Running and intense exercise could give you a similar feeling to smoking marijuana.
To follow up on the study, the researchers tested two groups of mice by giving them drugs to compare the effect to that of the exercise. One group was given a drug that blocked the endorphins only, while the other set of mice was given a drug to block endocannabinoids, like anandamide.
The set of mice that had the drug to block their endorphins, but were still able to produce anandamide, showed the same result as the group that had been exercising. That group registered less stress and pain sensitivity to pain compared to the group that had their anandamide production blocked.
The researchers said, “Here, we demonstrate that wheel running increases endocannabinoids and reduces both anxiety and sensation of pain in mice. Ablation of cannabinoid receptor 1 receptors on GABAergic neurons inhibits running-induced anxiolysis, and pharmacological blockage of central and peripheral cannabinoid receptors inhibits analgesia. We thus show for the first time to our knowledge that cannabinoid receptors are crucial for main aspects of a runner’s high.”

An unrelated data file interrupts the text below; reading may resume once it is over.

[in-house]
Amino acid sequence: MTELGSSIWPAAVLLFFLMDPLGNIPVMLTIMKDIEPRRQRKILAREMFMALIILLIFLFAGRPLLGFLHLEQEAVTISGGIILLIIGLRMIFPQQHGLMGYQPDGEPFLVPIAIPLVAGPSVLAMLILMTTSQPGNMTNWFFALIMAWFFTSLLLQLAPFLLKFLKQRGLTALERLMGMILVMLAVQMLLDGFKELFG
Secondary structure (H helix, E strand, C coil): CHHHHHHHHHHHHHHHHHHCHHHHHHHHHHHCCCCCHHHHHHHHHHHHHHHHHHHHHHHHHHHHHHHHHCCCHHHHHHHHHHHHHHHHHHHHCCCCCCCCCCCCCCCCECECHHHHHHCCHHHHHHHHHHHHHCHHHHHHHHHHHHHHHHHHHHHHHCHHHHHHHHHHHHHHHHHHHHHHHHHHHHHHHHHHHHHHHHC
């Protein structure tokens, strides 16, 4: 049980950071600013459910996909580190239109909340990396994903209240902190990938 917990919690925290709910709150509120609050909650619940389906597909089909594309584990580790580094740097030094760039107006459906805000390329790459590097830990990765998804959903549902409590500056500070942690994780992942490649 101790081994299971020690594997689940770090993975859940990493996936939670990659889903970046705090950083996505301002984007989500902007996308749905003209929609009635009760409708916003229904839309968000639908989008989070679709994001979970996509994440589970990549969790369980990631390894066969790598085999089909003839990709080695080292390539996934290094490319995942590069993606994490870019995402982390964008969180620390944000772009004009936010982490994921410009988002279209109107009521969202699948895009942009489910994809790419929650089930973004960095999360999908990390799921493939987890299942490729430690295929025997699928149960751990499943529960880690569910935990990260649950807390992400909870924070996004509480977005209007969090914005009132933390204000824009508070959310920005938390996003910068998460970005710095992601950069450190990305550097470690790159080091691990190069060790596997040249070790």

Several studies have been done since 2003 that show a connection to endocannabinoids and a runner’s high, even some done on humans, but the new study strengthens the theory, by minimizing the chance that endorphins could be the cause.
Despite the results of the study indicating that cannabinoids are the cause of the euphoric feeling runners get, the researchers can not say that the mice actually felt a feeling of euphoria. The study authors wrote, “euphoria is a highly subjective feeling that may be difficult to model in mice.”
In releasing the results of the study, the German research team wrote, “A runner’s high is a subjective sense of well-being some humans experience after prolonged exercise. For decades, it was hypothesized that exercise-induced endorphin release is solely responsible for a runner’s high, but recent evidence has suggested that endocannabinoids also may play a role.”
A runner’s high does seem to be of a benefit to overall health, regardless of what process plays a part in creating it. Researchers in a recent study form the University of Iowa found some of the benefits of cardiac exercise are derived from the body’s release of opioid peptides, which could improve the efficiency of a workout by increasing the runners’ top oxygen intake.
So lace up your sneakers and head out for the open road. Getting a buzz while exercising could not only make your day more enjoyable, it could actually have long-term health benefits as well.
The study was published in the Proceedings of the National Academy of Sciences.